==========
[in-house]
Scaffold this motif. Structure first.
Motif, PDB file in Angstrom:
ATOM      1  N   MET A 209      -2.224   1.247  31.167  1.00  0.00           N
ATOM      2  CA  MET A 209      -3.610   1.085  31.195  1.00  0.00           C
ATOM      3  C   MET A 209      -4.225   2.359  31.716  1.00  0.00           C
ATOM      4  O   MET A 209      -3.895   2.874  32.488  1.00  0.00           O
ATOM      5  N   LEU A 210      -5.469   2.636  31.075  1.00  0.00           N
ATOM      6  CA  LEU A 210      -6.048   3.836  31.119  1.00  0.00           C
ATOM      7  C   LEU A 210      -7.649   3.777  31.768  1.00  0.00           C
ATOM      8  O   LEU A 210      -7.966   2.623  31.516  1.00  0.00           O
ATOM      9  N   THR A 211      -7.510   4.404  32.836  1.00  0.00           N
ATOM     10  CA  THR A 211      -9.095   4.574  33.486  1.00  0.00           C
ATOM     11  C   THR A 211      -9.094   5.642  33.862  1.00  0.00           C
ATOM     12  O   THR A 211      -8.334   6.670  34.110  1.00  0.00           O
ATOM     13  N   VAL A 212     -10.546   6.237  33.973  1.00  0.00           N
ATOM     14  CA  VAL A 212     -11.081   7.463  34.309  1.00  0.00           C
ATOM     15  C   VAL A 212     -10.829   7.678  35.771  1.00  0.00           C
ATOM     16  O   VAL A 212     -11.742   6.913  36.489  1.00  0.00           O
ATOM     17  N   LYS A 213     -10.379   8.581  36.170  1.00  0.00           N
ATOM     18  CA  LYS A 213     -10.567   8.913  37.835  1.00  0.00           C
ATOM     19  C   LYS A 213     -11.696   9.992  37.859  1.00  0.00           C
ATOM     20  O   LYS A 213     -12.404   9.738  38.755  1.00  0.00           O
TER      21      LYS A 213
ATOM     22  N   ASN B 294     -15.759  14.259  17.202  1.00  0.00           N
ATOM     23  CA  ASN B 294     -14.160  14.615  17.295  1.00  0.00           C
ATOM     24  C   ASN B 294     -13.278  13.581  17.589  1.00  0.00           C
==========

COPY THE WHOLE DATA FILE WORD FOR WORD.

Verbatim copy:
[in-house]
Scaffold this motif. Structure first.
Motif, PDB file in Angstrom:
ATOM      1  N   MET A 209      -2.224   1.247  31.167  1.00  0.00           N
ATOM      2  CA  MET A 209      -3.610   1.085  31.195  1.00  0.00           C
ATOM      3  C   MET A 209      -4.225   2.359  31.716  1.00  0.00           C
ATOM      4  O   MET A 209      -3.895   2.874  32.488  1.00  0.00           O
ATOM      5  N   LEU A 210      -5.469   2.636  31.075  1.00  0.00           N
ATOM      6  CA  LEU A 210      -6.048   3.836  31.119  1.00  0.00           C
ATOM      7  C   LEU A 210      -7.649   3.777  31.768  1.00  0.00           C
ATOM      8  O   LEU A 210      -7.966   2.623  31.516  1.00  0.00           O
ATOM      9  N   THR A 211      -7.510   4.404  32.836  1.00  0.00           N
ATOM     10  CA  THR A 211      -9.095   4.574  33.486  1.00  0.00           C
ATOM     11  C   THR A 211      -9.094   5.642  33.862  1.00  0.00           C
ATOM     12  O   THR A 211      -8.334   6.670  34.110  1.00  0.00           O
ATOM     13  N   VAL A 212     -10.546   6.237  33.973  1.00  0.00           N
ATOM     14  CA  VAL A 212     -11.081   7.463  34.309  1.00  0.00           C
ATOM     15  C   VAL A 212     -10.829   7.678  35.771  1.00  0.00           C
ATOM     16  O   VAL A 212     -11.742   6.913  36.489  1.00  0.00           O
ATOM     17  N   LYS A 213     -10.379   8.581  36.170  1.00  0.00           N
ATOM     18  CA  LYS A 213     -10.567   8.913  37.835  1.00  0.00           C
ATOM     19  C   LYS A 213     -11.696   9.992  37.859  1.00  0.00           C
ATOM     20  O   LYS A 213     -12.404   9.738  38.755  1.00  0.00           O
TER      21      LYS A 213
ATOM     22  N   ASN B 294     -15.759  14.259  17.202  1.00  0.00           N
ATOM     23  CA  ASN B 294     -14.160  14.615  17.295  1.00  0.00           C
ATOM     24  C   ASN B 294     -13.278  13.581  17.589  1.00  0.00           C